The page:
The silver sands of Washington around Long Beach (no, not California) emulate those timeless emotions of ocean side sunsets, and sew in a mean streak of chilly breeze and reality. Sand gets everywhere and in everything. Of course, unless you live there, odds are you’re looking for romantic sunsets and self insight, so it comes pretty easily. The chilly breeze and reality are the kickers. Determined to discover the emotional filler of relaxing under a bronze sky on the Pacific coast promised by travel agency billboards, beer commercials, and camera equipment advertisements, I made tracks for several kilometres from the beach access road to find an appropriate camping spot.
Sand is difficult to ride in, especially with relatively thin, though aggressive, tires and a fully-loaded, 700+ pound motorcycle. This was news to me, never having ridden in deep sand, and I was forced to learn quickly. Allowing either tire to sink too far into the sand immediately destabilizes the entire ride. Too wet, as in too deep in the surf, and the sand hasn’t settled enough to support any weight; too dry, as in too far up the beach, and the sand has no cohesion. Speed has a factor, too: there’s a velocity sweet spot for sands of various cohesions. Too fast and the next instability incident — they’re inevitable — will more likely end with the wrong side up; too slow and you’ll sink, a factor made more pressing when in non-ideal sands. Basically, follow the edge of the surf and gun it, but not at speeds you can’t handle. I dumped it more than once. More than thrice.
After having explored miles of beaches, riding in the inches of water at the edge of the Pacific surf, I settled on a part of the beach remote enough to filter out the general public. The odd person would walk by. A few 4-wheelers with oversized tires ripped by. Seagulls flitted over the caramelizing surf. The tent and sleeping gear, as well as a time lapse photography setup, were quickly setup as the sun took a dip in the ocean.
Sleep was supposed to come easily, with the gentle lull of the distant surf and body-molding sand mattress, but I was restless. A bit of discomfort is required to keep my mind sufficiently distracted so it doesn’t spin up, thinking. Nature’s street lamp, the moon, was nearly full. It has no off switch, no way to escape. Luckily the chilly breeze picked up just after midnight, slipping through the open doors of my tent, pulling thoughts towards warmth and sleep.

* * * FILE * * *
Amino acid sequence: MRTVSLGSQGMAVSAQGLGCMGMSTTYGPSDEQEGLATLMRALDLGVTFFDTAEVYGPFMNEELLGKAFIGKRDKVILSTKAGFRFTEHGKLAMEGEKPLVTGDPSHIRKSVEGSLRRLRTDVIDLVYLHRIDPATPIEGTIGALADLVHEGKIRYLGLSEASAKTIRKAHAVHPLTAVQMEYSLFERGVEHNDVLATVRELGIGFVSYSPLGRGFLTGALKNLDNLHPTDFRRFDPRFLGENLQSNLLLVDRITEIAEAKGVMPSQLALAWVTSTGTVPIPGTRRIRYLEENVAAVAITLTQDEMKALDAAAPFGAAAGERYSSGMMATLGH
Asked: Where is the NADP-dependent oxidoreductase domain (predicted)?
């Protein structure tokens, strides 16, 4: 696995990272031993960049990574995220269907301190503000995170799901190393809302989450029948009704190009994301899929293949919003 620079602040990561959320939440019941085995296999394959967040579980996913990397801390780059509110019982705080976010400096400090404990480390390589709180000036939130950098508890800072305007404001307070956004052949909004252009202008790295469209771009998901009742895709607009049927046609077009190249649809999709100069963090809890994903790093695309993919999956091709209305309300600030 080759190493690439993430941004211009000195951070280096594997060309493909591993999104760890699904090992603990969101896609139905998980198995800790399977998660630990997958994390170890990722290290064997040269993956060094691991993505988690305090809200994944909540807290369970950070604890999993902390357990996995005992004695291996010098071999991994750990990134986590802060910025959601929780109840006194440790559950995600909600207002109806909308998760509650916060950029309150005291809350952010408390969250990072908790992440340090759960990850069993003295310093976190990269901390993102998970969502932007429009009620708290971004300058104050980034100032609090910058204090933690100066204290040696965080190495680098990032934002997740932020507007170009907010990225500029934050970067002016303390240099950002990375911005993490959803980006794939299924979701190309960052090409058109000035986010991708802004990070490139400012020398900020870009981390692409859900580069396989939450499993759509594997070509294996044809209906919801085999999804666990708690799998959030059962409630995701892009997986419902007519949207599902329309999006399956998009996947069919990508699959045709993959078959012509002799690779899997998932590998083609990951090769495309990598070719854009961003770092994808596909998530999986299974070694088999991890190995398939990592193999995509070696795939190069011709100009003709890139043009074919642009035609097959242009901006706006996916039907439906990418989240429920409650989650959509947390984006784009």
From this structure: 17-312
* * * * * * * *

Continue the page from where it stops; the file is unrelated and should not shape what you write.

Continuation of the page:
My definition for morning dew was recalibrated upon awakening, the underside of the tent fly soaked in millimeters of droplets. Fog blanketed the beach, disallowing sight past 50 m. I could barely make out my lonely KLR, floating in the distance in a cloud. The camera and setup was soaked, but, as the seals can handle most ambient environments, uncompromised. A dead battery ensured that a full contingent of time lapse photos had indeed been taken, though the sky was mostly clouded throughout the night, blocking stars.
The moon, the unrelenting nightlight, was no longer visible, having turned to the far side of the globe, so the Earth’s waters were now being pulled the other way. I was curious as to how far the tide had come up during the night — how accurate was my guess? Needing to move the machine to more stable sands before reloading it anyway, I trudged down the beach in my flip flops and underwear to investigate.
I could barely, mostly hear, the surf breaking over 50 m away as I inspected the chilled, sopping wet KLR. After a few more cranks than usual, it putted to life and I gingerly guided it down to the wet sand about 5 meters from the surf. Cold, wet sand gritted between my toes and in my underwear and behind my ears, a scene which normally guarantees misery, but the Pacific grants abnormal calm to those who would have it. I felt focused, at peace, and ready to take on the day.